TABLE 2: Comparison of mammographic features.
FIGURE 1: A 63-year-old asymptomatic woman with ductal carcinoma in situ grade II. The mammography image shows linear ductal calcifications.

FIGURE 2: A 51-year-old woman with ductal carcinoma in situ grade III presented with breast pain. The mammography image shows a segmental distribution of amorphous calcifications.

FIGURE 3: A 49-year-old woman with sclerosing adenosis presented with breast pain. The mammography image shows a segmental distribution of coarse heterogeneous calcifications.

FIGURE 4: A 49-year-old woman with sclerosing adenosis presented with breast pain. (a) The mammography image shows a regional distribution of amorphous calcifications. (b) Mammography image of breast tissue after surgical excision under wire localisation of the same patient.

Univariate analysis (Table 3), using logistic regression to analyse the correlation between mammographic features and DCIS, showed that the morphology and distribution of calcifications that significantly related with DCIS were linear descriptor (p = 0.003) and segmental distribution (p = 0.024). The linear calcifications (odd ratios, 85 [95% CI: 4.48, 1576.51]) and segmental distribution (odd ratios, 7 [95% CI: 1.29,37.91]) were more frequent in DCIS than in benign breast disease.

TABLE 3: Logistic regression analysis for predicting ductal carcinoma in situ.

With multivariate analysis (Table 4), fine linear calcifications were still associated with a significantly increased risk of DCIS (odd ratios, 51.72 [95% CI: 2.61, 1022.89], p-value of 0.01), but the distribution for predicting DCIS was not statistically significant.

TABLE 4: Comparison of extension and growth rate between ductal carcinoma in situ and benign breast disease.

For growth rate comparison, 55 cases had available prior digital mammography images, 17 for DCIS and 38 for benign breast disease. The interval between the previous and latest mammography before mammography-guided wire localisation with surgical excision ranged from 2 months to 64 months. The growth rate of DCIS calcifications was faster than benign calcifications without a statistically significant difference (median, 0.5 mm/month [interquartile ranges {IQR}, 0.2–0.6 mm/month] vs 0.1 mm/month [IQR, 0–0.4 mm/month]; p = 0.073) (Table 4).

Discussion

In several reports over the last four decades, DCIS is considered to be an immediate precursor to potentially lethal invasive breast cancer.2,5 Although not all patients diagnosed with breast DCIS will progress to invasive breast cancer, many studies5,18,19,20,21 report that about 20% – 50% of untreated DCIS patients were finally detected with invasive breast cancer after over a 10-year period. The differentiation of suspicious calcifications between DCIS and benign breast disease is clinically important for early diagnosis and treatment, resulting in a better prognosis and decreased recurrence rate.5,22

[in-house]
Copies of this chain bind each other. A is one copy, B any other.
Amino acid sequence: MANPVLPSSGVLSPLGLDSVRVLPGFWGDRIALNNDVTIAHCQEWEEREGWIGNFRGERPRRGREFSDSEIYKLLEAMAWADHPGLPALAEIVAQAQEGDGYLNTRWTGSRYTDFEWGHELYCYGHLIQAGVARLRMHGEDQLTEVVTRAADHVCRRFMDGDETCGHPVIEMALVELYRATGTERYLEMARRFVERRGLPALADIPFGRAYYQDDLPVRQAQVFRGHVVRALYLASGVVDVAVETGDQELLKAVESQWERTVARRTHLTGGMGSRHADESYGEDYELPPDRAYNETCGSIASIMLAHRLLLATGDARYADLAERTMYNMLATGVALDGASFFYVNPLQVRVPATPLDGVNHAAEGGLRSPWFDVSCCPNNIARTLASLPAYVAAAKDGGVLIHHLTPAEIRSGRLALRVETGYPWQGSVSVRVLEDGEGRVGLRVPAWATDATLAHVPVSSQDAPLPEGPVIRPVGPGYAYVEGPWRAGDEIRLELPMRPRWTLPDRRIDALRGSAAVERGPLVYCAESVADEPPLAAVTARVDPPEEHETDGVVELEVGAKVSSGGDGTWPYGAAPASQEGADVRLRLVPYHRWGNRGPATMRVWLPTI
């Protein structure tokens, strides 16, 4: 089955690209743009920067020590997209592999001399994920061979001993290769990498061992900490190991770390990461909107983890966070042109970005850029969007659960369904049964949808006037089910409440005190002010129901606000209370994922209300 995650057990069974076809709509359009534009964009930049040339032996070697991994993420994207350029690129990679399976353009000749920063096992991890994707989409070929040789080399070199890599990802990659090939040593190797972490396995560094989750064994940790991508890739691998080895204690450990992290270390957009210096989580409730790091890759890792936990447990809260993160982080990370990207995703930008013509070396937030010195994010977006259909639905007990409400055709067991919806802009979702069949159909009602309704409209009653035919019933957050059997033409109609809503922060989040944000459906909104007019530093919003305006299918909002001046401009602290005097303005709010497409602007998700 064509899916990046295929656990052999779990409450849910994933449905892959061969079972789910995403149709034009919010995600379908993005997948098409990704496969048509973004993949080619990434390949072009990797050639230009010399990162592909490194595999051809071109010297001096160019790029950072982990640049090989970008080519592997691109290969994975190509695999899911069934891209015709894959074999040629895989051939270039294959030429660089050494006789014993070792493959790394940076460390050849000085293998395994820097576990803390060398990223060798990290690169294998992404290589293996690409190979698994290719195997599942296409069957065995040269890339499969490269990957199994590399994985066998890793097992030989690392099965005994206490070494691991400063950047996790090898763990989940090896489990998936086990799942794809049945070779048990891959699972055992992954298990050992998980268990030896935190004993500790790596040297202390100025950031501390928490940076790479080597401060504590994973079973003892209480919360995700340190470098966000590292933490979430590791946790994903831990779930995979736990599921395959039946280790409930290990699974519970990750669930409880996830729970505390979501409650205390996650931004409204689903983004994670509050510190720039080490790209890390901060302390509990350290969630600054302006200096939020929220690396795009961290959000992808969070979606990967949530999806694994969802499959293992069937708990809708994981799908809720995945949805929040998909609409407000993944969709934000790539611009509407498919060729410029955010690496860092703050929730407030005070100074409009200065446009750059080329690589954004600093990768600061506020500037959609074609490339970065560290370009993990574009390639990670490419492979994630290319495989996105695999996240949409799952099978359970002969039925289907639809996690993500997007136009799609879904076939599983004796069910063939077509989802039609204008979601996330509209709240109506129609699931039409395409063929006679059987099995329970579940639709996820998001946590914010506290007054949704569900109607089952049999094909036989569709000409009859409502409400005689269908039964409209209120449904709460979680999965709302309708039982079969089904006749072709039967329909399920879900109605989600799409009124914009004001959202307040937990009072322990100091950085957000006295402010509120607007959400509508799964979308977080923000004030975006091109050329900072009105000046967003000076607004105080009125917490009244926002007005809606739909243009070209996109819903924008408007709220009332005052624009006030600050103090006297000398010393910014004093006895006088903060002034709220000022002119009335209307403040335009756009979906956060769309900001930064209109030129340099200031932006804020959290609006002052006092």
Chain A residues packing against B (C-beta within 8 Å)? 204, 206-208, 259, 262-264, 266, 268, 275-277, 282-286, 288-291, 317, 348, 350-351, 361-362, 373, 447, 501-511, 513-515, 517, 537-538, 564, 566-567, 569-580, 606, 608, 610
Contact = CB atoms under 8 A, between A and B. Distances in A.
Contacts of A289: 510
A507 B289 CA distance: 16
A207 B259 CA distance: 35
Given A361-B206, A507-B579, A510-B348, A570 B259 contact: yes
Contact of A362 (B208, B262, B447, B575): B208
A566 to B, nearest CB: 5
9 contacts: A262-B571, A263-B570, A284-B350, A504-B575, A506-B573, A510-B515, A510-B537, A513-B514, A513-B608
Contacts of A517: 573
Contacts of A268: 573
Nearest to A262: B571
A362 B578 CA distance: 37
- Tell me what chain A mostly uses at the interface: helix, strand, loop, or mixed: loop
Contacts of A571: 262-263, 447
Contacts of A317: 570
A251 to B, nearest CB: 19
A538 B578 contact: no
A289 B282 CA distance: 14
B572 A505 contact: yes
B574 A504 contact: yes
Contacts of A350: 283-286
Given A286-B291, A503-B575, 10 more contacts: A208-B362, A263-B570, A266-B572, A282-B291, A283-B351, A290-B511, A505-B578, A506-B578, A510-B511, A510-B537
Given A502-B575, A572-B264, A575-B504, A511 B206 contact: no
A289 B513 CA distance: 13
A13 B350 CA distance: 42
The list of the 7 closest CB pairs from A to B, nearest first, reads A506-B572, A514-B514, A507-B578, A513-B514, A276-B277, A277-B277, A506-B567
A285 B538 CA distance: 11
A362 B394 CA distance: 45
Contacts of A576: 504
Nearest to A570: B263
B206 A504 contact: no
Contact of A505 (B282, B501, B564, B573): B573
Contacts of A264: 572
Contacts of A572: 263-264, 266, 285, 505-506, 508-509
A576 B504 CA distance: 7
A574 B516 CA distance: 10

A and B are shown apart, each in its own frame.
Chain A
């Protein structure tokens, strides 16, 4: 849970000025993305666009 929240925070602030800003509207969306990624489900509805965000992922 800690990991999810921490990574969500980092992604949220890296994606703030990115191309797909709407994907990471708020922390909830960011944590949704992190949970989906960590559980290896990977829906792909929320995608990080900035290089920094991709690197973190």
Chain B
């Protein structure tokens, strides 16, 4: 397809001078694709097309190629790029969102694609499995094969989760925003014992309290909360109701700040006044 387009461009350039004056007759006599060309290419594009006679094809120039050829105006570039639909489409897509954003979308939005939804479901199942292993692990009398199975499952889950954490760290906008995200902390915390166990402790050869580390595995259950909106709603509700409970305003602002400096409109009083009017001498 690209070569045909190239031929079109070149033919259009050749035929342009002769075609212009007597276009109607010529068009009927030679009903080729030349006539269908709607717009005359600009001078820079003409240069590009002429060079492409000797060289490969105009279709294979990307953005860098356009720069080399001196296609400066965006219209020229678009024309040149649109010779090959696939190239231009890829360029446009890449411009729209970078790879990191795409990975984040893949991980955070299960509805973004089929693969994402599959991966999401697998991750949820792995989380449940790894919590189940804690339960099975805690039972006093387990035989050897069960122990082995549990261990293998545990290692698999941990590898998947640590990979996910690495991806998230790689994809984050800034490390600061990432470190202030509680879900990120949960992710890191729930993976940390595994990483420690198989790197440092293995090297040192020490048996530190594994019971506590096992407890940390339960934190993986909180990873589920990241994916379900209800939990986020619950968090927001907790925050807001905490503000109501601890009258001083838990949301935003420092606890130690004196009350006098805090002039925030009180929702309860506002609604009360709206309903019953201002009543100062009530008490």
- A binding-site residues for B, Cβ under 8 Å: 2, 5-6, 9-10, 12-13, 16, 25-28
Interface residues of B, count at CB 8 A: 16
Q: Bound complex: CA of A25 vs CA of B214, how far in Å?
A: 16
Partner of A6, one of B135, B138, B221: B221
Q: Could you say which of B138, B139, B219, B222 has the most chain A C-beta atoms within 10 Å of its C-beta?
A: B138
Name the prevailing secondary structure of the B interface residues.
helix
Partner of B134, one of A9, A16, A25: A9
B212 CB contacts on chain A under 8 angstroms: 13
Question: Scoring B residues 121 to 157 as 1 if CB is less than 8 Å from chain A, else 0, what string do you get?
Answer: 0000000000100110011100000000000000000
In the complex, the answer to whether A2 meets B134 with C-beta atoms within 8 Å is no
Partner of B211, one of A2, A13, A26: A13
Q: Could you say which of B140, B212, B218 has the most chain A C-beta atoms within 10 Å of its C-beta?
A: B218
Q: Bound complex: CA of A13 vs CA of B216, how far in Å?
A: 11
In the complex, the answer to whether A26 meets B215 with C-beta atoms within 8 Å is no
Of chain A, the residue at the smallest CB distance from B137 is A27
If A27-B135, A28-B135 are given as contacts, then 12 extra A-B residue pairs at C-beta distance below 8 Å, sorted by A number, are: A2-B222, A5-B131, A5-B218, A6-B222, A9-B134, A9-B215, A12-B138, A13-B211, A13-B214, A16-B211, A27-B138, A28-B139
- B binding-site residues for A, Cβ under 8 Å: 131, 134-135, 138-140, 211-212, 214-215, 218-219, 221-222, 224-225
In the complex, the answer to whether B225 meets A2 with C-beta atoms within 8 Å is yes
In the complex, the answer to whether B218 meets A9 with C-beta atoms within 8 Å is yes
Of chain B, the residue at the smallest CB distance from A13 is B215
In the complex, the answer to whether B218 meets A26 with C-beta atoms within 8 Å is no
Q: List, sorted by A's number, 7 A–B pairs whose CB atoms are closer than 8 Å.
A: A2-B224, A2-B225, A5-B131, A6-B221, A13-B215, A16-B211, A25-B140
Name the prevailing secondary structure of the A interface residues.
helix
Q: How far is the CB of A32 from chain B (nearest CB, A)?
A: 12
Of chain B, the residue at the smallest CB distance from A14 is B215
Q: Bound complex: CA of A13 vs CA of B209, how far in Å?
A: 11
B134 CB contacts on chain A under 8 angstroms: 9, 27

According to previous studies, most DCIS cases are frequently detected at screening mammography.3,4 The current study also showed that both DCIS and benign breast disease patients were asymptomatic and first noticed on screening examinations. The majority DCIS cases were diagnosed in postmenopausal women older than 50 years.23 This study showed a similar result, with the mean patient age of DCIS at 53.5 years. There was a statistically significant correlation between DCIS and postmenopausal status (p = 0.01).

Bent CK et al., Burnside ES et al. and Rattanathawornkiti K et al. found that the fine pleomorphic and fine linear morphologies were the first and second mammographic descriptors in DCIS, where the fine linear morphology had the highest positive predictive value (PPV) for malignancy.11,13,24 Our results paralleled their studies with a higher incidence of fine linear calcifications in DCIS. This could be supported by the theory that fine linear microcalcifications are located in the terminal ducts of the terminal ductal lobular unit. Calcifications in DCIS occur in the center of the tumor and grow along the mammary duct forming a linear arrangement.9,25 Although our data showed that fine pleomorphic calcifications were slightly more frequent in DCIS than in benign breast disease (33.3% vs 25.4%), there was no significantly elevated risk for DCIS (p = 0.064). This may be explained by the small sample size in the DCIS group.

Although prior studies found that DCIS could present with punctate or round calcifications, this finding was seen in fewer of our cases than other suspicious calcifications.26,27 We found punctate or round calcifications in only one case in the DCIS group with a statistically significantly higher frequency in benign breast disease (p = 0.002).